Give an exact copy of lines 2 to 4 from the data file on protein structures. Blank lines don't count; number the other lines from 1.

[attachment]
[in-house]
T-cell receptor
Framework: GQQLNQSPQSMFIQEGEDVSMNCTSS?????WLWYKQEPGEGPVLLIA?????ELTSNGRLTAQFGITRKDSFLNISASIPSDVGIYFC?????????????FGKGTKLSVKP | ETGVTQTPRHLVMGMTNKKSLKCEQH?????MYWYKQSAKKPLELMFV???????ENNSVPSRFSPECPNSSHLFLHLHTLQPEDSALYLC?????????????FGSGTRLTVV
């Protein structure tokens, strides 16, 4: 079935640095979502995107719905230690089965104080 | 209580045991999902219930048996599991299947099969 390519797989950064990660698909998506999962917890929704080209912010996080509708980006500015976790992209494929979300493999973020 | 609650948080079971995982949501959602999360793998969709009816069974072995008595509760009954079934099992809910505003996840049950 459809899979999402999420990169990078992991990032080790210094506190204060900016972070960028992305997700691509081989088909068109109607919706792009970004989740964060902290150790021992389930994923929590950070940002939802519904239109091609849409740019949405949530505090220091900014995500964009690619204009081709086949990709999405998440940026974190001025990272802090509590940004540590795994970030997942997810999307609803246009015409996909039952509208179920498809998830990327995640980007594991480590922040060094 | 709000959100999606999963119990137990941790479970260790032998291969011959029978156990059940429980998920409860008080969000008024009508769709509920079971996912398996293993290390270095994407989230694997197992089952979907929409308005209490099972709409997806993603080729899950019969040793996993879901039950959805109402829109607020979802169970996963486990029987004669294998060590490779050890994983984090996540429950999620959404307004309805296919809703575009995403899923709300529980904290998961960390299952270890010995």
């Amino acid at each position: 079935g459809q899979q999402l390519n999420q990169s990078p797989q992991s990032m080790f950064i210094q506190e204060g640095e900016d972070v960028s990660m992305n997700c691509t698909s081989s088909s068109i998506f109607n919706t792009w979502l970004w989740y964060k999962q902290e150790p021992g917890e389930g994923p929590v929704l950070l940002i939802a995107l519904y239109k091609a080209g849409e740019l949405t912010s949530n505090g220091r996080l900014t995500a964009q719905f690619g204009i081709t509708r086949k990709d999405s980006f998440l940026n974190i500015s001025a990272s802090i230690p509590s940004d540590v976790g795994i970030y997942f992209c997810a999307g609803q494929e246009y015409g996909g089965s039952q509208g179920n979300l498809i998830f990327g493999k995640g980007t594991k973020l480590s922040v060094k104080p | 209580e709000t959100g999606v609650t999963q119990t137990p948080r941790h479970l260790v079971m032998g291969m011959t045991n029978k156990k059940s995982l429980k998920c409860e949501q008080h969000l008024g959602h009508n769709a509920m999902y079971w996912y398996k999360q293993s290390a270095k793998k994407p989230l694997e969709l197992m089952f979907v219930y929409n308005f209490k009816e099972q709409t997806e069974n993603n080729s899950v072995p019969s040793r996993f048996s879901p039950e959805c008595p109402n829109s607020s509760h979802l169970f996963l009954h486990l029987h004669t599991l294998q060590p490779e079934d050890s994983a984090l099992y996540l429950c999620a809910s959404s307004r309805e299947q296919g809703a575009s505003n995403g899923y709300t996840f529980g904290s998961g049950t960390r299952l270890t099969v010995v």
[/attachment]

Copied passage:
T-cell receptor
Framework: GQQLNQSPQSMFIQEGEDVSMNCTSS?????WLWYKQEPGEGPVLLIA?????ELTSNGRLTAQFGITRKDSFLNISASIPSDVGIYFC?????????????FGKGTKLSVKP | ETGVTQTPRHLVMGMTNKKSLKCEQH?????MYWYKQSAKKPLELMFV???????ENNSVPSRFSPECPNSSHLFLHLHTLQPEDSALYLC?????????????FGSGTRLTVV
């Protein structure tokens, strides 16, 4: 079935640095979502995107719905230690089965104080 | 209580045991999902219930048996599991299947099969 390519797989950064990660698909998506999962917890929704080209912010996080509708980006500015976790992209494929979300493999973020 | 609650948080079971995982949501959602999360793998969709009816069974072995008595509760009954079934099992809910505003996840049950 459809899979999402999420990169990078992991990032080790210094506190204060900016972070960028992305997700691509081989088909068109109607919706792009970004989740964060902290150790021992389930994923929590950070940002939802519904239109091609849409740019949405949530505090220091900014995500964009690619204009081709086949990709999405998440940026974190001025990272802090509590940004540590795994970030997942997810999307609803246009015409996909039952509208179920498809998830990327995640980007594991480590922040060094 | 709000959100999606999963119990137990941790479970260790032998291969011959029978156990059940429980998920409860008080969000008024009508769709509920079971996912398996293993290390270095994407989230694997197992089952979907929409308005209490099972709409997806993603080729899950019969040793996993879901039950959805109402829109607020979802169970996963486990029987004669294998060590490779050890994983984090996540429950999620959404307004309805296919809703575009995403899923709300529980904290998961960390299952270890010995």